What is a Citation?

You’ve probably heard your teacher or professor talk about the importance of including citations in your research papers. But what exactly are citations? Why are they so important, and what are the different types? Read on for citation basics.

What is a Citation?

To begin, let’s examine what a citation actually is. A citation is how you let your readers know that you used information from outside sources in your work. It also describes those sources, and provides information that allows the reader to track them down. This information could be the author’s name, the publication date, or page numbers. The exact information included in the citation depends on the citation style you are using. Please see the citation manual for your chosen style for more specifics on how to make your citations in that style. Popular styles include MLA formatting, Chicago style, and APA style.

Why Do We Have Citations?

There are several important reasons for using citations in your paper.

Citations Give Credit to the Right People

Citing your sources makes sure that your reader or teacher can differentiate your original thoughts from those of other researchers in your subject area. Not only does this make sure that the sources you use receive proper credit for the author’s work, it ensures that the you, the student, receive deserved recognition for your unique contributions to the topic.

Citations Provide Hard Evidence of Your Thesis or Ideas

Having many citations from a wide variety of sources related to your paper’s central idea is a sure sign to your professor that you are working on a well-researched and respected subject. Citing sources that back up your claim, otherwise known as your thesis statement, creates room for fact-checking and further research.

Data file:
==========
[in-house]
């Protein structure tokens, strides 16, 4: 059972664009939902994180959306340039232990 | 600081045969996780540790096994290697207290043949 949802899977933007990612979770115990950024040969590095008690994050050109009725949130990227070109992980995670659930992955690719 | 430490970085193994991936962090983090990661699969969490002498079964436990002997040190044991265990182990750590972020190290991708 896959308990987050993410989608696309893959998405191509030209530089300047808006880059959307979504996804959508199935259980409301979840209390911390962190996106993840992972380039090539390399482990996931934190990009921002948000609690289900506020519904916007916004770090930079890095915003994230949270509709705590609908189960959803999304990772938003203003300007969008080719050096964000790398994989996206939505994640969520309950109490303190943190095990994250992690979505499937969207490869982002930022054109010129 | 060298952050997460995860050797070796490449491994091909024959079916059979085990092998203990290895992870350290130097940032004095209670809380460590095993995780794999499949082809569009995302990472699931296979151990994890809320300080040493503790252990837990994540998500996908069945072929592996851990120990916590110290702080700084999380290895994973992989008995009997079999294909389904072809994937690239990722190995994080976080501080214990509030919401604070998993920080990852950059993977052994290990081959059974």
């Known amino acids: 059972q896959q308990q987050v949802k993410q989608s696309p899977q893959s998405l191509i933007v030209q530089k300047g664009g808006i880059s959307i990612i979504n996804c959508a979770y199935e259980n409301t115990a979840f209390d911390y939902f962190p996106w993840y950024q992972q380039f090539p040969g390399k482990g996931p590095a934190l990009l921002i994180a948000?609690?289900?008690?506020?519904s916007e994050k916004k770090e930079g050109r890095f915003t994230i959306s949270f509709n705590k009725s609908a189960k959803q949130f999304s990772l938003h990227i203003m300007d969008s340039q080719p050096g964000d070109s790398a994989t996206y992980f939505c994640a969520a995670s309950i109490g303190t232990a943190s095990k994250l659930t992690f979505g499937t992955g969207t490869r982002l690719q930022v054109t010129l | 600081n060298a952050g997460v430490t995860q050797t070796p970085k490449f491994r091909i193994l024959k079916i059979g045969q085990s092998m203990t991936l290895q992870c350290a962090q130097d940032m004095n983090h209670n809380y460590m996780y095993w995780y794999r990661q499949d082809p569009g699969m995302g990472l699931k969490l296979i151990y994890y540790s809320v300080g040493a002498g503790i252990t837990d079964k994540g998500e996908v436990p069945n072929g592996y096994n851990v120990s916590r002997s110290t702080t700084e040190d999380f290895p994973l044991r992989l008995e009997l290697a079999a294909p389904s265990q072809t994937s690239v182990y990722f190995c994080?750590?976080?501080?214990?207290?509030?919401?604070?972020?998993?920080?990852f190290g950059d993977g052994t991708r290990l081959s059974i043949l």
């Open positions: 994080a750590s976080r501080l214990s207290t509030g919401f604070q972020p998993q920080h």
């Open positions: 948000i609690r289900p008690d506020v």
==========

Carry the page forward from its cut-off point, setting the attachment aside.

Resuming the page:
Citations Promote Originality and Prevent Plagiarism

Copying or directly referencing a source without proper citations can lead to not only a poor grade, but accusations of academic dishonesty. By backing up your ideas with credible sources, you can easily avoid the trap of plagiarism, and promote further research on the topic.

Where Do We Have Citations, and What are the Types of Citations?

Citations typically can be found in two places: at the end of a paper in a bibliography or reference list, and within the text. The latter, sometimes called “in-text” citations, usually consist of a few details about the source, and are generally written in parenthesis at the end of the sentence where you referenced the source.

Example:

When Scout meets Boo Radley in To Kill a Mockingbird, she realizes that his reputation does not match his true character (Lee 85).

The citation in the reference list or bibliography corresponds with the in-text citation, and provides more holistic information about the source that you are citing. Publication information is included, as well as a list of all contributors to the source.

Example:

Lee, Harper. To Kill a Mockingbird. Perennial Modern Classics, 2006.

Note that each citation style has its own formatting rules regarding in-text and bibliographic citations. An APA citation will have similar information but look different from an MLA citation. Consult the style manual of your chosen citation style for more information.

When Should I Make Citations?

You should make a citation for a source whenever you:

● Directly quote a source
● Paraphrase information from a source
● Use an idea that is expressed in another source
● Make a specific reference to the work of another person